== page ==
Pope Francis Invokes Abraham Lincoln in Message to Safeguarding Summit
The Holy Father urged leaders to put the welfare of victims ahead of seeking to defend the Church’s reputation.
Pope Francis invoked Abraham Lincoln in a video message released on Saturday to a safeguarding summit organized by the Catholic Church in Central Europe.
Addressing participants in the meeting in Warsaw, Poland, the Pope referred to Lincoln’s Second Inaugural Address, delivered 41 days before the president’s assassination in 1865.
“‘With malice toward none, with charity for all,’ I urge you to be humble instruments of the Lord, at the service of the victims of abuse, considering them as companions and protagonists of a common future, learning from each other, and become more faithful and resilient so that, together, we might face the challenges of the future,” the Pope said in a video message issued on Sept. 18.
Pope Francis has referred to the 16th president of the United States before. In his historic speech to the U.S. Congress in 2015, the Pope singled out Lincoln alongside other notable Americans, Martin Luther King, Dorothy Day and Thomas Merton.
“This year marks the 150th anniversary of the assassination of President Abraham Lincoln, the guardian of liberty, who labored tirelessly that ‘this nation, under God, [might] have a new birth of freedom,’” he said, quoting from the 1863 Gettysburg Address.
“Building a future of freedom requires love of the common good and cooperation in a spirit of subsidiarity and solidarity.”
During his 2015 U.S. visit, the Pope spoke at the lectern that Lincoln used in Gettysburg when he gave an address outside Philadelphia’s Independence Hall.
The meeting in Warsaw, “Our Common Mission of Safeguarding God’s Children,” is taking place Sept. 19-22 with the support of the Pontifical Commission for the Protection of Minors and the Bishops’ Conferences of Central and Eastern Europe.
Participants from an estimated 20 countries will reflect on the Church’s response to clerical abuse in the region.
The Pope urged leaders to put the welfare of victims ahead of seeking to defend the Church’s reputation.
“Our expressions of sorrow must be converted into concrete pathways of reform to both prevent further abuse and to give confidence to others that our efforts will bring about real and reliable change,” he said.
“I encourage you to listen to the cry of the victims and to dedicate yourselves, with each other and with society in a broader sense, in these important discussions because they truly touch the future of the Church in Central and Eastern Europe — not only the Church’s future, but the hearts of Christians, as well. This is our responsibility.”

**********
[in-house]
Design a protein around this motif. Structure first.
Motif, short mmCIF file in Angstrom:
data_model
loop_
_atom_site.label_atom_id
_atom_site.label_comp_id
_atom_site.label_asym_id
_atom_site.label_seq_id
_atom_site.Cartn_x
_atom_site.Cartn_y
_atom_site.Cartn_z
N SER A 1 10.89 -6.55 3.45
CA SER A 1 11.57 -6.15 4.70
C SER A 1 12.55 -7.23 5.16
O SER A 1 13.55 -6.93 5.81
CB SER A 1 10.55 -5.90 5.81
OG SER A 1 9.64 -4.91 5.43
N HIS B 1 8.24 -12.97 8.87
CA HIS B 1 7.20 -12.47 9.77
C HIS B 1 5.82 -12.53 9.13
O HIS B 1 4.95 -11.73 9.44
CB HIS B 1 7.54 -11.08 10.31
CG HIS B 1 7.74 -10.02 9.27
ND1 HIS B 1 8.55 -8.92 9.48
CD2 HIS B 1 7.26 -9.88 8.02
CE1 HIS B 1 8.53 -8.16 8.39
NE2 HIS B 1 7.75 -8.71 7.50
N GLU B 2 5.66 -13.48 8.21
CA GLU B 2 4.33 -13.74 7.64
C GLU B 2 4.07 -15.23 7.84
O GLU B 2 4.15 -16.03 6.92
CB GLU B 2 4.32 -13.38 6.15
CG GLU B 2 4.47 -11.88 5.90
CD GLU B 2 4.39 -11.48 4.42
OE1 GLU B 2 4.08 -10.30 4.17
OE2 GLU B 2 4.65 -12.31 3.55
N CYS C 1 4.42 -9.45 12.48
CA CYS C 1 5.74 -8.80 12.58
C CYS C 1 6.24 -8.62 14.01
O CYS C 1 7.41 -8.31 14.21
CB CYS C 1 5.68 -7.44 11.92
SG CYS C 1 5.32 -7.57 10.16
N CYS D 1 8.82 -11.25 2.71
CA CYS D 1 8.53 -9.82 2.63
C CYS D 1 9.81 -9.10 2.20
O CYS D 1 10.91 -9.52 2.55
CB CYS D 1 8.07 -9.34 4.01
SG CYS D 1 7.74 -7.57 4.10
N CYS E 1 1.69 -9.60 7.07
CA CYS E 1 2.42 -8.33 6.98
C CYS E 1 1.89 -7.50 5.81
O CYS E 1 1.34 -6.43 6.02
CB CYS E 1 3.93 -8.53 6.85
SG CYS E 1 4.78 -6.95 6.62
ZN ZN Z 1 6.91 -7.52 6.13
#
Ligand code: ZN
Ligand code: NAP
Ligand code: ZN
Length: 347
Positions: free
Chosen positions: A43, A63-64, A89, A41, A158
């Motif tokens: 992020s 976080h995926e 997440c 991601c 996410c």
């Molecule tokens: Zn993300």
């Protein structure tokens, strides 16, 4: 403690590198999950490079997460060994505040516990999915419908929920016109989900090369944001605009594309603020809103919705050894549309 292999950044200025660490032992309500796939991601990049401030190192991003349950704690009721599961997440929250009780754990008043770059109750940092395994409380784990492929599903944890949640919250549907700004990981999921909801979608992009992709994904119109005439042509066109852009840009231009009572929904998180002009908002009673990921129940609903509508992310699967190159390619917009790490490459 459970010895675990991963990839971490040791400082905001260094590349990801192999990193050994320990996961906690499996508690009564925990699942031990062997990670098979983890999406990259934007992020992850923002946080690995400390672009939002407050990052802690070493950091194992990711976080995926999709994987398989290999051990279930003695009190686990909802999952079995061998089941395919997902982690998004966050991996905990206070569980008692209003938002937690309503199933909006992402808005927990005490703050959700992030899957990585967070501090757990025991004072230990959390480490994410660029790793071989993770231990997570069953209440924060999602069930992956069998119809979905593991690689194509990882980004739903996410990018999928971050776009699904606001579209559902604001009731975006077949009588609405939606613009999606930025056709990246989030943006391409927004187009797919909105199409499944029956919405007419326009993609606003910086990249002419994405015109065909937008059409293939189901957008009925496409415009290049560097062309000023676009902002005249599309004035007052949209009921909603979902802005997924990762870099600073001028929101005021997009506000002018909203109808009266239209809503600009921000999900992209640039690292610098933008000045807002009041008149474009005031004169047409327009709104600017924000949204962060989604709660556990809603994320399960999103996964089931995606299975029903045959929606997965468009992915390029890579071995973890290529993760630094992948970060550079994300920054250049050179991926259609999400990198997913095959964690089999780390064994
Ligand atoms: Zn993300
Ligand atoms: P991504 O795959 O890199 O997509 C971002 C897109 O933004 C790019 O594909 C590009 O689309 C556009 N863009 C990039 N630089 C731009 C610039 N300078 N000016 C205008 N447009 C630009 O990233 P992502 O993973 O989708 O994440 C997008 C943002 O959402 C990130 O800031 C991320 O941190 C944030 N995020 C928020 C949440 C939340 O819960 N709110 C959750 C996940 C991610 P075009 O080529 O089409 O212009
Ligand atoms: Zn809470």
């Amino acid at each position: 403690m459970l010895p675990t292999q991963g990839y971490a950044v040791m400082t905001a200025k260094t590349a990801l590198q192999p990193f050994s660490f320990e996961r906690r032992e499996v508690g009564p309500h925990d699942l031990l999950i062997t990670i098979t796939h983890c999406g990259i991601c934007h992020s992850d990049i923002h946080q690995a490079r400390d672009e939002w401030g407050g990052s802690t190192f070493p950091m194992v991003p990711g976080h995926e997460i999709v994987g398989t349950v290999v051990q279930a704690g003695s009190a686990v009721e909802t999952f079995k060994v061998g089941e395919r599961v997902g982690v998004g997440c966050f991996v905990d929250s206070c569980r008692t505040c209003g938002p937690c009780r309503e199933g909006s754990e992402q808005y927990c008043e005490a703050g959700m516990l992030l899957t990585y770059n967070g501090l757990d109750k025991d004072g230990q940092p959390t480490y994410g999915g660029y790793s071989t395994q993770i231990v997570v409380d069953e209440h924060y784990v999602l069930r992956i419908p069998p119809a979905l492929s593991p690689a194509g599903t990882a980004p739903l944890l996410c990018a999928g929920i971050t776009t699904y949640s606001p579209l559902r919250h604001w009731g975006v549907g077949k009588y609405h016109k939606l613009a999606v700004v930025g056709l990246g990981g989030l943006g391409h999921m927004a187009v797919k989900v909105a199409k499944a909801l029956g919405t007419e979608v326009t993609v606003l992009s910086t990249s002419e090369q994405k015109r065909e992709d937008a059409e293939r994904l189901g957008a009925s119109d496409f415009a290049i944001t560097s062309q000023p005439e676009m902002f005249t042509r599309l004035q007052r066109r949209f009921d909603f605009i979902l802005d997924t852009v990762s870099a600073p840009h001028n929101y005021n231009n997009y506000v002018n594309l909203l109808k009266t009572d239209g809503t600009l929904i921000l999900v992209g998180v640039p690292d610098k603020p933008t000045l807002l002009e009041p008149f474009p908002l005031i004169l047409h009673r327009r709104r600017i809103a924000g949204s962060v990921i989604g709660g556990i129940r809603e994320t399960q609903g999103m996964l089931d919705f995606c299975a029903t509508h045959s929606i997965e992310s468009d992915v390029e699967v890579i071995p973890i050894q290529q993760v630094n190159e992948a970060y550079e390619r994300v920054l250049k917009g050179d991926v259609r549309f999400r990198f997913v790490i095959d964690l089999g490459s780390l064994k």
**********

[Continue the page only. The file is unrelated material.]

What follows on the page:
Speakers at the meeting include Boston Cardinal Seán O’Malley, president of the pontifical commission, and Archbishop Stanisław Gądecki, president of the Polish bishops’ conference.
Cardinal O’Malley said: “I want to begin by acknowledging and thanking survivors of sexual abuse by clergy who continue to come forward and share their experience. It is because of their courage that others can be spared from experiencing this horror.”
“There is no place or group of people that is immune to being impacted by this crime and sin. It has tragically infiltrated the Church in all countries and all cultures. As leaders, we must be recognized as people committed and accountable, always and everywhere, to the safety of the children entrusted to our pastoral care.”
“The journey of learning will be ongoing throughout our lives. Conversion to a culture of safeguarding is an urgent priority.”
Also speaking is the Chilean abuse survivor Juan Carlos Cruz, who was appointed to the Pontifical Commission in March.
He told Vatican News that the conference was important because of its emphasis that “dealing with abuse cases right now is an emergency.”
“If we don’t deal with these issues, we’re just at the tip of the iceberg,” he said, crediting Pope Francis with developing the Church’s response to abuse.
In his video message, the Pope said: “The recognition of our errors and our failings can certainly make us feel vulnerable and fragile. But it can also present a moment of splendid grace, a moment of self-emptying, that opens new horizons of love and reciprocal service.”
“If we recognize our mistakes, we have nothing to fear, because it will be the Lord himself who will have led us to that point.”